Sri Lanka is the Pearl of the Indian Ocean

A small island off of the Indian subcontinent, Sri Lanka is the centre of Buddhist religion and culture from ancient times.

The natural beauty of Sri Lanka has led the country to be referred to as The Pearl of the Indian Ocean. Lush tropical forests, white beaches, diverse landscapes with rich biodiversity and a friendly, multicultural community make Sri Lanka the perfect spot for a holiday.

What to do?

Sri Lanka is home to many national parks, full of trumpeting elephants, monkeys and peacocks, but World’s End is the only one where visitors are permitted to walk on their own – on designated trails only. The entire walk is 9.5km and will usually take around three hours at a leisurely pace and passes through the 2km stretch of Baker’s Falls.

Visit one of Sri Lanka’s principal viharas (Buddhist complexes) in Kandy, Asgiriya Maha Vihara. From a historical perspective, many of the rulers of the Kandyan Kingdom contributed to the development of the complex and it was the monks that safeguarded the Tooth Relic during troublesome times.

According to legend the sacred tooth was snatched from the flames of the Buddha’s funeral pyre in 543BC and smuggled into Sri Lanka where it was hidden in the hair of a princess. The tooth gradually became a symbol of sovereignty and it was believed that whoever had custody of the tooth had the right to rule the island.

Take a stroll around the Fort Walls at dusk among the locals. The UNESCO World Heritage Site was built in 1588 by the Portuguese and then extensively fortified by the Dutch during the 17th century. The oldest breadfruit tree is said to found within the fort. The Dutch introduced the tree to Sri Lanka hoping it would make the locals sick, however they found a neutraliser to breadfruit – coconut and created a delicacy. It is now grown throughout the country.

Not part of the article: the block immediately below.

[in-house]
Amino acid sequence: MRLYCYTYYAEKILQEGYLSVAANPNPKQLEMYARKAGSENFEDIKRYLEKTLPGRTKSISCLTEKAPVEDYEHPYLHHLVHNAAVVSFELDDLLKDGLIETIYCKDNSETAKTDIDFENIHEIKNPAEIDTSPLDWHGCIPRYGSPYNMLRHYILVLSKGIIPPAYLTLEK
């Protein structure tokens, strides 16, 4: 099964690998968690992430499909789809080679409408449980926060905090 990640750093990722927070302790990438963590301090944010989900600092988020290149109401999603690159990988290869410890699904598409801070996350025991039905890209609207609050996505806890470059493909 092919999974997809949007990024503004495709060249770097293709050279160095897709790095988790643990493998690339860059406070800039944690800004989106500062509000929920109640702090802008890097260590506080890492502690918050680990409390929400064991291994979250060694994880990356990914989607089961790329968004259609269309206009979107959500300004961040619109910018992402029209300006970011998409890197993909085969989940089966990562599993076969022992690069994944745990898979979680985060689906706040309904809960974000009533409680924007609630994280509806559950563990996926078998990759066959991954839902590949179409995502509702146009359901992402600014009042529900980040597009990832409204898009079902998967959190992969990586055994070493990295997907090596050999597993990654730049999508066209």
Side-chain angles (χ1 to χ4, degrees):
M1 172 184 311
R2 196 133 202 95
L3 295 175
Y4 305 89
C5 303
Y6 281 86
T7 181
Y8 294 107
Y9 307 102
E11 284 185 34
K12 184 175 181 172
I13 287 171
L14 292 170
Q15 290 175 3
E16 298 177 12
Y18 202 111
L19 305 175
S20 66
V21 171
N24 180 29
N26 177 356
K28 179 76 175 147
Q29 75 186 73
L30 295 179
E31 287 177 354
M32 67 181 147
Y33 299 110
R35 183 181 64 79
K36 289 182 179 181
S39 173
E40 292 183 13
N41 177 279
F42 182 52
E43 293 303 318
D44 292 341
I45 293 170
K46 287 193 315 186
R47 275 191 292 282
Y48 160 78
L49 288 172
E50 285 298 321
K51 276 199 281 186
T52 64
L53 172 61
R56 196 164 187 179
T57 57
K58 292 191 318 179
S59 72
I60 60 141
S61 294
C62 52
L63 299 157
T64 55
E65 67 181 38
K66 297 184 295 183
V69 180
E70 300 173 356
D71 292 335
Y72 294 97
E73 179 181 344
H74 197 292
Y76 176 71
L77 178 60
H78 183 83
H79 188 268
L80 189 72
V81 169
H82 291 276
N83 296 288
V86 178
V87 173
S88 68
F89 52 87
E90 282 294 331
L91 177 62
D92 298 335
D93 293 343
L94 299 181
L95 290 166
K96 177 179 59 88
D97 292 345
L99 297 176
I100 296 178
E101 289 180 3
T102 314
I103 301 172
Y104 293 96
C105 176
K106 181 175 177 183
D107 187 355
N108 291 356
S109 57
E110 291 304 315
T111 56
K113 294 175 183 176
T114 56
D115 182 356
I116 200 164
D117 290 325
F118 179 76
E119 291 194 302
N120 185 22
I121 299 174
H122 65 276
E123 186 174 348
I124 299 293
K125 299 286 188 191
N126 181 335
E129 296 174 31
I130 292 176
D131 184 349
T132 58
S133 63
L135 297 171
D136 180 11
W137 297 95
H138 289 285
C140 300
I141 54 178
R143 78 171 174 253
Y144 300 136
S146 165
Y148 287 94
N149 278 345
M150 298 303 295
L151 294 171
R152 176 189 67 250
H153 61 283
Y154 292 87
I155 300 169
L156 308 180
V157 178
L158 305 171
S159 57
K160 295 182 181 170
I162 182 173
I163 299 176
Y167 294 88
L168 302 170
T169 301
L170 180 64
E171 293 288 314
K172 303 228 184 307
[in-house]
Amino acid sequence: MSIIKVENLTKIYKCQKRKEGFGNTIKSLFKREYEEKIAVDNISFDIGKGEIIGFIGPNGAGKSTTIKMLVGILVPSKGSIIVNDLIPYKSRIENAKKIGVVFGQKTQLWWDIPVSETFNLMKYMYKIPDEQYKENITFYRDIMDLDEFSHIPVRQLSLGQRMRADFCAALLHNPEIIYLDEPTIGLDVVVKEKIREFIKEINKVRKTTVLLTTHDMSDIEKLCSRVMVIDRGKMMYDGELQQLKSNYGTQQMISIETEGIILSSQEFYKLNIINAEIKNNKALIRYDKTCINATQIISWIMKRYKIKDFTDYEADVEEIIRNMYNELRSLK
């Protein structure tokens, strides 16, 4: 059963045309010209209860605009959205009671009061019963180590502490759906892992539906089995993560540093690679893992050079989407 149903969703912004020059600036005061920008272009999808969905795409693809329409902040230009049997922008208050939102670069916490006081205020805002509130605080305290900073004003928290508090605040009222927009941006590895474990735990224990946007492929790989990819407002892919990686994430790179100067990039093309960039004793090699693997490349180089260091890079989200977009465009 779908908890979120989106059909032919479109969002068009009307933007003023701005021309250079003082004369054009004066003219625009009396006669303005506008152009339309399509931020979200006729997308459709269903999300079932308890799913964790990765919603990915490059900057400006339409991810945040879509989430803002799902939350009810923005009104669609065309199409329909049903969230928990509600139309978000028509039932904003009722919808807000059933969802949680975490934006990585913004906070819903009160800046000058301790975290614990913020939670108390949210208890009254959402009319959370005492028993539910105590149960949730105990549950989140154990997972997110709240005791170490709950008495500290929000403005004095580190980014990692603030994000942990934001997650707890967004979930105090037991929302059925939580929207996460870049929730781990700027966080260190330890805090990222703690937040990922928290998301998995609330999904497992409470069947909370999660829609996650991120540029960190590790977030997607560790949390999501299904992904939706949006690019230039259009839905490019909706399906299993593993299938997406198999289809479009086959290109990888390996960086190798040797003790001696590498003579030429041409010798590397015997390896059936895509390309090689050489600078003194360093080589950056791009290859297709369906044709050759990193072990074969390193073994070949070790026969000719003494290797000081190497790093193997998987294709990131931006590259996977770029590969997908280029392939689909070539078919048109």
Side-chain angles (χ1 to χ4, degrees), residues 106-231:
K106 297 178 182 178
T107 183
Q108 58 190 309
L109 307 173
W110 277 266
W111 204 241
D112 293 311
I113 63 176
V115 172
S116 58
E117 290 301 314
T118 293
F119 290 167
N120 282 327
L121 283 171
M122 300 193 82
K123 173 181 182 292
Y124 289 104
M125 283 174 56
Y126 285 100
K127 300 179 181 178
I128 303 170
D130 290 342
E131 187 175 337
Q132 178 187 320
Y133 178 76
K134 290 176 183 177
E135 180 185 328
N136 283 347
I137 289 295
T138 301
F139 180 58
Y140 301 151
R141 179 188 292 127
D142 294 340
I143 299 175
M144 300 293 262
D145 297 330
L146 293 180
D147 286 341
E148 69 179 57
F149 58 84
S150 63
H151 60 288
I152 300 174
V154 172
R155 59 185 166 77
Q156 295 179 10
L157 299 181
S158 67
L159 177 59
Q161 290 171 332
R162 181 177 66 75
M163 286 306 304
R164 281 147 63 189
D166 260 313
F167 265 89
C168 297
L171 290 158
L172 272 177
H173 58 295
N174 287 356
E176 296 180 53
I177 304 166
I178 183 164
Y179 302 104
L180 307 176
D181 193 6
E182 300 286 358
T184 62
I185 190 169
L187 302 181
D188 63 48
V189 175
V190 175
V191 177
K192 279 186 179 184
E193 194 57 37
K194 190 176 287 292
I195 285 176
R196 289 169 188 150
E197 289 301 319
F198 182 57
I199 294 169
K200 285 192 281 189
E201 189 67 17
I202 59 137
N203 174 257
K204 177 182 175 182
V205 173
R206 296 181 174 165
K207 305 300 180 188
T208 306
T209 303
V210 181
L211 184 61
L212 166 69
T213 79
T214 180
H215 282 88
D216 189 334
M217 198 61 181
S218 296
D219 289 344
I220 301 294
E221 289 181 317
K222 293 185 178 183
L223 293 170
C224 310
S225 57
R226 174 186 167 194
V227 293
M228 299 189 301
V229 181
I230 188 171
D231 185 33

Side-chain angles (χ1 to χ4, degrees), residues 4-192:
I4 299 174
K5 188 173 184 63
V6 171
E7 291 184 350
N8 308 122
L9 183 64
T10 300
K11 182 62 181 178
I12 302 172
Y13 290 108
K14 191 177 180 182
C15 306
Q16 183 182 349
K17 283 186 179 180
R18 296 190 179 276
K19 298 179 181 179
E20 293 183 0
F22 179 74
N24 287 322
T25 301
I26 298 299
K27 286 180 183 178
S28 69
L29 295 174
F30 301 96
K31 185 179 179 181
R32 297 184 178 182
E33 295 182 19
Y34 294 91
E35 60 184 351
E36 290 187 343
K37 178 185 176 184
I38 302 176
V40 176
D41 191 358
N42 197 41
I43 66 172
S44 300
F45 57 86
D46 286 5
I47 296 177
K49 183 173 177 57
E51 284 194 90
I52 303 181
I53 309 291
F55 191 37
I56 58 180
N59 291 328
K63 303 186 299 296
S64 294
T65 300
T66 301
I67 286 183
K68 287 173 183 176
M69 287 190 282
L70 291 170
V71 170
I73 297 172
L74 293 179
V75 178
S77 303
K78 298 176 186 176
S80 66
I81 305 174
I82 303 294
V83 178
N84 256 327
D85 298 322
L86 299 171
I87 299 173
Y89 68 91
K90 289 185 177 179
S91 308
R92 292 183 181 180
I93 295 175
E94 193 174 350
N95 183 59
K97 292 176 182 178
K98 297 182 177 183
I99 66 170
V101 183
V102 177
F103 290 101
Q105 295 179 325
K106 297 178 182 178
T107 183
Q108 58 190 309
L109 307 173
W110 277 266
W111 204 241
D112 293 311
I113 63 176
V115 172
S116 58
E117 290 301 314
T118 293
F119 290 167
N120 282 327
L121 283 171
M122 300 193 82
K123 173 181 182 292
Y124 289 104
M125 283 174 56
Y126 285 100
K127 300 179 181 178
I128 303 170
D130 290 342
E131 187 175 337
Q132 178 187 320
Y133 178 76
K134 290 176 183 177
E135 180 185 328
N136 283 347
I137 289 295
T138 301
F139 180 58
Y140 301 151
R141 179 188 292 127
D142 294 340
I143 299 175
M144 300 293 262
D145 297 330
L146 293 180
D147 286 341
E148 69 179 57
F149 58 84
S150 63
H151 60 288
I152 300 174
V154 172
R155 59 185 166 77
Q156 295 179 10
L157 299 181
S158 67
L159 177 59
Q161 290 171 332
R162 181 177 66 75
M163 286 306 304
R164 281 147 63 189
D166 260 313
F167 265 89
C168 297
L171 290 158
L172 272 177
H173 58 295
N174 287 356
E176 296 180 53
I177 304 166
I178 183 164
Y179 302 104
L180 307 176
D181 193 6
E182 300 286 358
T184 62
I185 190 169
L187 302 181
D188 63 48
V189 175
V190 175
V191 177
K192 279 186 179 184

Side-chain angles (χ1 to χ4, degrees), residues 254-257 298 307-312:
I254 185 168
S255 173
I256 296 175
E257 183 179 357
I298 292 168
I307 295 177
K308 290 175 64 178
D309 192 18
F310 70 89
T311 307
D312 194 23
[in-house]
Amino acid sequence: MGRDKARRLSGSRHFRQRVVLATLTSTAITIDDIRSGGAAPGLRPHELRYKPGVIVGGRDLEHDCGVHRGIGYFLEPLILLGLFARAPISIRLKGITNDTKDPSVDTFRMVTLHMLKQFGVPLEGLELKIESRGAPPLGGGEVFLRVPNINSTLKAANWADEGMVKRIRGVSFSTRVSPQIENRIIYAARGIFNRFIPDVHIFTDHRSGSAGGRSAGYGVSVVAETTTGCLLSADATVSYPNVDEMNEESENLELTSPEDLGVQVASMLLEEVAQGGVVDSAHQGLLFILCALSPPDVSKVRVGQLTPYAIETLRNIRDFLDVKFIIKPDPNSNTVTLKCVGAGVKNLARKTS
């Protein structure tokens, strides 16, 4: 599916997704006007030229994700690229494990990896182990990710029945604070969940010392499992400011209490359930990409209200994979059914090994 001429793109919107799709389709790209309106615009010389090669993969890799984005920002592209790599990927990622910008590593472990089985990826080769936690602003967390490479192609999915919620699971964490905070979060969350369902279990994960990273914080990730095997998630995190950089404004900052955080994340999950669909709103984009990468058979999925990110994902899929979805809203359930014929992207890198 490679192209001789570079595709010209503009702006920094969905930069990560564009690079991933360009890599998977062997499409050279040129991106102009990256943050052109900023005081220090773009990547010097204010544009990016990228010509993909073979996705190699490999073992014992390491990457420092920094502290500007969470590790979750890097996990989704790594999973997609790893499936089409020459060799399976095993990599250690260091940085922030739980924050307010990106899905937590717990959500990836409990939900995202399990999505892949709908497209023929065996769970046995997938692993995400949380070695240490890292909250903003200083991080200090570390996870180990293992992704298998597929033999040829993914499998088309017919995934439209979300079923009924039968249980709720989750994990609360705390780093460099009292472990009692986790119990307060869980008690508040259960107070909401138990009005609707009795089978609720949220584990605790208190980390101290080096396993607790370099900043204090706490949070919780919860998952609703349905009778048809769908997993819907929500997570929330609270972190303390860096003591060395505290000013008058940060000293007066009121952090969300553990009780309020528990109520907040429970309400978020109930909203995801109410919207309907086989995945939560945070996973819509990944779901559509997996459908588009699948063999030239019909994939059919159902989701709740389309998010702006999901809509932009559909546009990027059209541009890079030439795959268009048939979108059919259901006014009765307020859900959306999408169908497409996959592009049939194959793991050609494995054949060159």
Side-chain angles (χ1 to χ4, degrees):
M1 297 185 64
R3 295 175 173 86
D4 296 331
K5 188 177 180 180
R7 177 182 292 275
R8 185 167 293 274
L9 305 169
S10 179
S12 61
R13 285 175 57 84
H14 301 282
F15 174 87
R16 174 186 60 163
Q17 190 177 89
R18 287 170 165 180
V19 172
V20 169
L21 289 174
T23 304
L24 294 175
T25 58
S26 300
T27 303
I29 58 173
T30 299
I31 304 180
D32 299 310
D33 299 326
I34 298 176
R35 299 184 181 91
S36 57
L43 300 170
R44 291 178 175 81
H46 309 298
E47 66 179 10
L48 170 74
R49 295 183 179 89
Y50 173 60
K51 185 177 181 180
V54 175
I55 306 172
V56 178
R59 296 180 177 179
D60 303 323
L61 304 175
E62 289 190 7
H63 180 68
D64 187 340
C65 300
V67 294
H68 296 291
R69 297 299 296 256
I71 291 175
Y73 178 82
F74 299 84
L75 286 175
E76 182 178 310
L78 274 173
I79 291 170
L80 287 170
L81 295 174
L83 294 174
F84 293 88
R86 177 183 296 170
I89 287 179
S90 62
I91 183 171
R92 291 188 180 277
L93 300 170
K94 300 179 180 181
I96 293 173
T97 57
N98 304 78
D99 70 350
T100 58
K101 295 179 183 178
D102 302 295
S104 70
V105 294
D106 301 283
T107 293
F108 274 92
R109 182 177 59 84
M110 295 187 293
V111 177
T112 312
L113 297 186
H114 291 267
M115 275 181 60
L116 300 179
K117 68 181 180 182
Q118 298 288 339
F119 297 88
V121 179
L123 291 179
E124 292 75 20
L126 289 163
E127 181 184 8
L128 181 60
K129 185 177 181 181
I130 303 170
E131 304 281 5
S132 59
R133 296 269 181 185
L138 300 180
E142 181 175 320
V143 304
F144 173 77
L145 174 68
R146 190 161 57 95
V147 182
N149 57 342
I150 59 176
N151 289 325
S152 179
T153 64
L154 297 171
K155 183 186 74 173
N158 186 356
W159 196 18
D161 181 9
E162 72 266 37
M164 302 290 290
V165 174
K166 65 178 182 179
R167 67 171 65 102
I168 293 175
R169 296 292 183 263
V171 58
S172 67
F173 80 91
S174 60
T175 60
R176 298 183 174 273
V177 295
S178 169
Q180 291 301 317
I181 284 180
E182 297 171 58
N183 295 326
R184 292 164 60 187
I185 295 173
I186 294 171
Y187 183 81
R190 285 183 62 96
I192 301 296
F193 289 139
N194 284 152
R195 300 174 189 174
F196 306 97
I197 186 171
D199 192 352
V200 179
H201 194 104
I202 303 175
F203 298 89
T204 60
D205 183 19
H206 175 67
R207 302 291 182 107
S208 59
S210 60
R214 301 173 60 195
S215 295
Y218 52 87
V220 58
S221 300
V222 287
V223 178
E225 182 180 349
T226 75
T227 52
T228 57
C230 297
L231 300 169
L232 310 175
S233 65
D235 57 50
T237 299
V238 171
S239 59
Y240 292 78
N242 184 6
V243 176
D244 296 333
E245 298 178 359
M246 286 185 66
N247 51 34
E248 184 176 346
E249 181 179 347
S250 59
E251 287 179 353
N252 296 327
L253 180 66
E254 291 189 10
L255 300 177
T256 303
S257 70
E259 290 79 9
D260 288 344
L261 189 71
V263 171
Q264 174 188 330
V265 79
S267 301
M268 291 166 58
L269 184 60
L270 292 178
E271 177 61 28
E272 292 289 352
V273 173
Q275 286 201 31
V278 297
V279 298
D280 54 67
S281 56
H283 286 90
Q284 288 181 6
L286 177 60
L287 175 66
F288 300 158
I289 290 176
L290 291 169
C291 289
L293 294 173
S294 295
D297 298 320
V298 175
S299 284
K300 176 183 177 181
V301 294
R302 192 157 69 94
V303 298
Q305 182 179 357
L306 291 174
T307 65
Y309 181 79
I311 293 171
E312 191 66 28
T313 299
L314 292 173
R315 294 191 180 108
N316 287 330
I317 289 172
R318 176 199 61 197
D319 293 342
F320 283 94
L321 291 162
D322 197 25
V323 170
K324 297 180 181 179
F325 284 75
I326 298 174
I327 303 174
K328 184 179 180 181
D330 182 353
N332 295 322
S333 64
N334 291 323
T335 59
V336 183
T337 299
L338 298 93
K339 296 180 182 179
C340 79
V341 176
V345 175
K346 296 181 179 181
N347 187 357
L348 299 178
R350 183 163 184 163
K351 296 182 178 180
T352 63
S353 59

Check out the sacred Bodhi tree, the Sri Maha Bodhi. It serves as a reminder of the force that inspired the creation of all the great buildings at Anuradhapura. The tree has been tended to by a succession of guardians for 2000 years. Though there are many trees, the oldest and holiest of trees is on the topmost platform, with ancient steps leading up to it and a modern golden railing, festooned with prayer flags.

Where to stay?

Stay in a trendy villa, The Cove, in the quieter areas of Negombo, five minutes away from Negombo town and just a 20 minute drive from the airport. Every bedroom in the three suite villa have access to a balcony with views of the bay while the patio doors downstairs open directly onto the beach. This is the perfect spot to recover from the long flight and wind down into holiday mode.

If you’re after more than just a hotel, book a few nights at The Galadari Hotel in the heart of Colombo. Aside from offering superior accommodation, this five-star hotel houses some of the best restaurants in Sri Lanka. Indulge in flavours from India, Arabia and California, or simply stop at the pastry shop, Café 64 for some delicious cakes, pastries, cookies and all things yummy.

Business and leisure travellers will find the ideal getaway at the Renuka Hotel. Just a stone’s throw from the major attractions of Colombo, the hotel is situated in a quiet residential area; the Renuka has the best of both worlds – bustling city life and a quiet getaway.

Where to eat?

Sri Lankan cuisine with a touch of French from the European head chef is available at Semondu Fusion from the Sky in Colombo. The former Dutch hospital, now restored to its past glory, in a charming restaurant cum shopping precinct, centrally located in Fort, has lent its wide open verandas and sprawling courtyards to some of the best cuisines in town. Take your pick from a selection of starters, salads, soups and mains whilst watching the chefs in action at the far end of the plush restaurant.

For excellent Sri Lankan food try the Curry Leaf Restaurant at the Hilton Hotel in Colombo. Try a variety of authentic local fare like String Hoppers, Hoppers – a Sri Lankan kind of pasta made from steamed rice flour, Pittu – rice flour mixed with freshly grated coconuts and rolled into strips, and Kottu Rotti – a Sri Lankan stir fry made with bread, meat and vegetables. Handpick your dinner from the exquisite seafood market and have it prepared to your liking while you sit in the landscaped gardens by the Lotus pond or in the thatched dining area.

Rachel Zammit Cutajar writes for Malta Today.

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